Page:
“We had an amazing summer,” says Alicia Brent, director of Intensive and Custom Language Programs at the Monterey Institute, of the annual Summer Intensive Language Program (SILP). She adds that both “students and faculty kept the bar very high this year, giving 150% of themselves, Olympic-style! They should be very proud of their accomplishments, as I certainly am!”
Working at a non-profit providing legal aid to the impoverished in his native Pakistan, Amir Murtaza (MAIPS ’07) saw how poor women and their children were treated socially and to some extent also legally, as second-class citizens. He set out to study the marginalized in developing countries where patriarchal and feudal systems often worked to the disadvantage of the most vulnerable. “I was lucky to have had a great education and a supportive family,” says Amir, who set out to do his part to give a voice to and improve the lives of the disenfranchised.
Today, 36 students representing the best and the brightest from around the world will gather at the Monterey Institute of International Studies to begin a four-week training program designed to prepare them for a successful experience as Fulbright Program international exchange students.
The Monterey’s Institute’s commitment to immersive learning includes an emphasis on summer fellowship and internship opportunities all over the world. These placements put students on the ground using and further developing their skills while working on real-world issues in a professional capacity with organizations of all sizes and shapes, from UNESCO to frontier market entrepreneurs.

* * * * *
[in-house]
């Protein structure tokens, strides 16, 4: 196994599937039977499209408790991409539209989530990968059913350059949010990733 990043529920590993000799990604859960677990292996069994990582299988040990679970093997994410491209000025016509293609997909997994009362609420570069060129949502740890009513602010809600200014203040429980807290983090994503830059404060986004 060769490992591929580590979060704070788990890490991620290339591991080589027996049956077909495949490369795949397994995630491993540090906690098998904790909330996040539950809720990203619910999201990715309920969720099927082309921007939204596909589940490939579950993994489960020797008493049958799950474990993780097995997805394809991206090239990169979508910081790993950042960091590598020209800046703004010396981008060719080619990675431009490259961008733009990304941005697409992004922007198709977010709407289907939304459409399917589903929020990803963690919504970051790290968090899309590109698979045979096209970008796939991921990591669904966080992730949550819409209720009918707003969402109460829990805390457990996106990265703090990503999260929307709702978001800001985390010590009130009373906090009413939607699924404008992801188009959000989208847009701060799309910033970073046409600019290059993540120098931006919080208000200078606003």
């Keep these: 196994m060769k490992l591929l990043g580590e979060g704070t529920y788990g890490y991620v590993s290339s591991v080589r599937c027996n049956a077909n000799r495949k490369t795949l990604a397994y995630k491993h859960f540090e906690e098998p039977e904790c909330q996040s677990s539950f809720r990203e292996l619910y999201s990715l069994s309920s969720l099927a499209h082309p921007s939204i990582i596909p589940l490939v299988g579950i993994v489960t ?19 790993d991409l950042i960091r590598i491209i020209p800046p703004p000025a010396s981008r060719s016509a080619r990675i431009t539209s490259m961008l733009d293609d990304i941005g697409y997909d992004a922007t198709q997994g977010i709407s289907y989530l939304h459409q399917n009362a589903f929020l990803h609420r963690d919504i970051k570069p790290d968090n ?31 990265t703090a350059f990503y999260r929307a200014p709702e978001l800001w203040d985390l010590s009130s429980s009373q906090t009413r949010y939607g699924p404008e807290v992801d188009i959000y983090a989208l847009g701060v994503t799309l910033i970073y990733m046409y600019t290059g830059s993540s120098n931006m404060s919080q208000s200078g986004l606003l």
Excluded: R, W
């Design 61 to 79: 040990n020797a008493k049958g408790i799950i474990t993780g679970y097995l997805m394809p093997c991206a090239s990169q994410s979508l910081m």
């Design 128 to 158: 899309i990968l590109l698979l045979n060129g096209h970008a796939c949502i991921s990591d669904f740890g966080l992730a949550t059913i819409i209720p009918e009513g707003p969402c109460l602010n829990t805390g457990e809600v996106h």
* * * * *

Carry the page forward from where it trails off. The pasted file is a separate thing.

“Growing up in rural southern Idaho, I wasn’t imbued with any sort of desire to work internationally,” says Richard Crothers (MPA ’97), who would be lured abroad to play basketball in South America and Switzerland. “I gradually began to see the world differently,” and the Monterey Institute was a great springboard for an internationally-focused career. With his new degree, he went back to Europe to participate in the establishment of the European Voluntary Service for the European Union.
Following the June 18 meeting between President Obama and President Putin of Russia at the G-20 Summit in Mexico, the State Department issued a news release touting examples of U.S.-Russian cooperation, including a youth science program developed and implemented by the Monterey Institute’s James Martin Center for Nonproliferation Studies (CNS).
Twenty-one Frontier Markets Scouts recently completed training at the Monterey Institute and took their first steps towards a career in impact investing. The Frontier Market Scouts program was jointly developed and managed by the Monterey Institute, Sanghata Global and Village Capital to turn compassionate and capable young professionals into talent scouts and investment managers serving local entrepreneurs and social-minded investors in low-income and weak-capital regions of the world.
“I saw a poster for a casting call on a light pole one day walking home from school,” says Brian Gueyser (MATI ´13), explaining what prompted him to look up from his school books and seek a thespian adventure. “My daily life and schedule were pretty much dictated by my studies in the Japanese Translation and Interpretation master’s program,” Brian shares, adding that when he saw the poster, he was totally ripe for a peachy adventure.
The current issue of The Carnegie Reporter, a publication of the Carnegie Corporation of New York, features several students of the Monterey Institute’s Nonproliferation and Terrorism Studies program in its spring publication. The article is titled “Next Gen Nonproliferation” and portrays the Monterey Institute students as future leaders in the global effort to stop the spread of weapons of mass destruction.